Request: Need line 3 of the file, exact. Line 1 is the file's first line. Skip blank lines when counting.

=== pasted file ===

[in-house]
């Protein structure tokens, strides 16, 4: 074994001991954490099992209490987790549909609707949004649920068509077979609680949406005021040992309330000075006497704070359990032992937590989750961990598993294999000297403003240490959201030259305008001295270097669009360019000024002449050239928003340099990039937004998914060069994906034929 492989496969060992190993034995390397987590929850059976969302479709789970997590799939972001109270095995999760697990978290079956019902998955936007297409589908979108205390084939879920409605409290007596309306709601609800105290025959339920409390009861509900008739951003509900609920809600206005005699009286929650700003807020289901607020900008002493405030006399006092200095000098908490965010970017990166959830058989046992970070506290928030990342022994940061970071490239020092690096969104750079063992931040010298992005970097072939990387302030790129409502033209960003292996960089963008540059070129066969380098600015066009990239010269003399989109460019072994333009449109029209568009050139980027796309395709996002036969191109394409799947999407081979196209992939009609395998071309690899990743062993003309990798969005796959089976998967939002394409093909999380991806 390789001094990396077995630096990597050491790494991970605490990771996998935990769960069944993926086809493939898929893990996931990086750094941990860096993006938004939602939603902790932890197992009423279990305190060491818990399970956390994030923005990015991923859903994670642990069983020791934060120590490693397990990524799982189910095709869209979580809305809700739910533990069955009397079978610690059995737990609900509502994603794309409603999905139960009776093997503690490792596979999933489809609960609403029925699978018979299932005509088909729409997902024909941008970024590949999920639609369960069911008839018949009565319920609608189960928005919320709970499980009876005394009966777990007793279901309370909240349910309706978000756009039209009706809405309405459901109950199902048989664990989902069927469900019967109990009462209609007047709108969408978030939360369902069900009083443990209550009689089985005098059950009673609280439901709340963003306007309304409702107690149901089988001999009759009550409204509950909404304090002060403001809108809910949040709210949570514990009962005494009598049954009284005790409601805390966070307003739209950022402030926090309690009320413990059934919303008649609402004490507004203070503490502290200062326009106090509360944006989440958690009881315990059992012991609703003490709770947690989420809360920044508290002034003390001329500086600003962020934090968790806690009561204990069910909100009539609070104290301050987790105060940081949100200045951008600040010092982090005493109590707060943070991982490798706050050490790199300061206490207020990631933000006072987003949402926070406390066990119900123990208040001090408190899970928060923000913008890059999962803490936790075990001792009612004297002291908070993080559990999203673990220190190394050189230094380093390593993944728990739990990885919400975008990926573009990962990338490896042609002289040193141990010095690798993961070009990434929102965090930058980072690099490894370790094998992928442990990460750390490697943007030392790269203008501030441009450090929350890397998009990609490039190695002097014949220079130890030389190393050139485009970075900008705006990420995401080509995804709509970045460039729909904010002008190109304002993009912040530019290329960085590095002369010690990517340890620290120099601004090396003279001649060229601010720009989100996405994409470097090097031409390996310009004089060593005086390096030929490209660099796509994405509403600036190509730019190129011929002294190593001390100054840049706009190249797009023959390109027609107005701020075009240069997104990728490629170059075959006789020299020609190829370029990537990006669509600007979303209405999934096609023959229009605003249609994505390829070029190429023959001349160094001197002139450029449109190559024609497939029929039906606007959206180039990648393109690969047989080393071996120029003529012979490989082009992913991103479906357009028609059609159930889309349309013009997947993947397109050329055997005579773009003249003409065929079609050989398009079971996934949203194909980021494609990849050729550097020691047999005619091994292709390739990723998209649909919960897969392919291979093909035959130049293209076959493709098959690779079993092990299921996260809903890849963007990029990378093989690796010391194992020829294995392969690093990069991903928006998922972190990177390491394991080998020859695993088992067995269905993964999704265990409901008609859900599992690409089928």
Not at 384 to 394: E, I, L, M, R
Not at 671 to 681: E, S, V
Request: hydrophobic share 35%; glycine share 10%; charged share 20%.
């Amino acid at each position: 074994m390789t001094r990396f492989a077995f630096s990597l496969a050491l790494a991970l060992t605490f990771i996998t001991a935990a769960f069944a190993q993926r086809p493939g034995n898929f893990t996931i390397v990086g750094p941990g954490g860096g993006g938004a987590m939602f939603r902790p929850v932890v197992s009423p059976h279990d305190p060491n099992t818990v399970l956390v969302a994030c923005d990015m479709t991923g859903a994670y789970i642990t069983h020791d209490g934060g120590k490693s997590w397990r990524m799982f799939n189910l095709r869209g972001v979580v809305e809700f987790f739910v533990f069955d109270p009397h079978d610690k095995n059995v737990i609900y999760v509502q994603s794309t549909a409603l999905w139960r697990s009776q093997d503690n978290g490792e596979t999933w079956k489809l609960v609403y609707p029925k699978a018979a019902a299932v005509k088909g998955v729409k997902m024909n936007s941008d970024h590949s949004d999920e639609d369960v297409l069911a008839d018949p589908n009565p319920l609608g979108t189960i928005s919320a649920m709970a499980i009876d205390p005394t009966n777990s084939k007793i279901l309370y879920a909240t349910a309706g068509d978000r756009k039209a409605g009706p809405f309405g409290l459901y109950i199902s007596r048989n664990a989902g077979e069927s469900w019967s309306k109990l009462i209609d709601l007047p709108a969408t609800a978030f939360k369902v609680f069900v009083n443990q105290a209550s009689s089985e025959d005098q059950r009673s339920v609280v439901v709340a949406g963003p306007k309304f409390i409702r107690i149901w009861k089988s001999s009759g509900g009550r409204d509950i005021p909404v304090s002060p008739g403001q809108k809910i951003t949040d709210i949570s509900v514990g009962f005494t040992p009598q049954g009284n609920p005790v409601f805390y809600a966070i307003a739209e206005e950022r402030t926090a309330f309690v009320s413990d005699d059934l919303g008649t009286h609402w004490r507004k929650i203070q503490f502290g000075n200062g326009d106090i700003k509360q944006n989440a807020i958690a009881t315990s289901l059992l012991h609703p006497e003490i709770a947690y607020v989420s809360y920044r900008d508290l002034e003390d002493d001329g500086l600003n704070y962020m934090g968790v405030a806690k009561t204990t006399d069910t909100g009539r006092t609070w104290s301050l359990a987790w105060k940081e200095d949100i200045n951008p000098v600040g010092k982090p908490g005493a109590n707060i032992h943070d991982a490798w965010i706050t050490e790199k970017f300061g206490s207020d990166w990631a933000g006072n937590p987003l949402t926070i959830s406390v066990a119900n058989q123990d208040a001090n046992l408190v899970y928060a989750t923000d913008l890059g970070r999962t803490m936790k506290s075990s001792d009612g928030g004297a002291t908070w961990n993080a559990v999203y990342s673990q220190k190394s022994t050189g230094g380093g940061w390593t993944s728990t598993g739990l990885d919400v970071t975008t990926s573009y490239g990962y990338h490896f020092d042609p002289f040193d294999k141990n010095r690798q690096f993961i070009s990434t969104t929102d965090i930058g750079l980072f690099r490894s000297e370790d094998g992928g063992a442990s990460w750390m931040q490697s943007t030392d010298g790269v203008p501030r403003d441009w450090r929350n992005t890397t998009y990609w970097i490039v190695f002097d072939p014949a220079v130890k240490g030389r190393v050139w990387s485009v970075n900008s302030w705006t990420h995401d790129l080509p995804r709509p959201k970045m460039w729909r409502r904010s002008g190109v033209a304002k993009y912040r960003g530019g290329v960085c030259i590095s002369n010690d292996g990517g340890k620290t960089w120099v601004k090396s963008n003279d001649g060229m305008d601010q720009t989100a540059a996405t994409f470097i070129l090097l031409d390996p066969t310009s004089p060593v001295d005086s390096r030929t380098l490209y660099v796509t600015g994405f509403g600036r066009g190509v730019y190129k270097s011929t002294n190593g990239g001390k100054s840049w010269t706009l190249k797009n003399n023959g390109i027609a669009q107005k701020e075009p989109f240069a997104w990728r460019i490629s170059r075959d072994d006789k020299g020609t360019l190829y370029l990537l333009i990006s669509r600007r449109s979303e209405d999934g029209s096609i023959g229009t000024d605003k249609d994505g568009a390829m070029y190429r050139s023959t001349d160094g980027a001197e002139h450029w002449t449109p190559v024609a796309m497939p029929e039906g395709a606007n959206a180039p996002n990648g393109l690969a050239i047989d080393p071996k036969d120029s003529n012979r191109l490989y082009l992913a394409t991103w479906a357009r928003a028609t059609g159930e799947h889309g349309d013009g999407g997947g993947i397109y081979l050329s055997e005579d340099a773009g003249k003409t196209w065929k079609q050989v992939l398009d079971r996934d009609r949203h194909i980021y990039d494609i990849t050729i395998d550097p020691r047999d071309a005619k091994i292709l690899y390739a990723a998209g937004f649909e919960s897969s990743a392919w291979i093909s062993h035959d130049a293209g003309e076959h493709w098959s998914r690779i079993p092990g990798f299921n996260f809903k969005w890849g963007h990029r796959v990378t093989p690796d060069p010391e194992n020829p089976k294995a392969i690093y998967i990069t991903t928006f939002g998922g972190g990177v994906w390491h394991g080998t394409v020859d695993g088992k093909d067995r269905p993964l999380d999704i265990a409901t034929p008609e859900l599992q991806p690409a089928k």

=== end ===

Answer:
Not at 384 to 394: E, I, L, M, R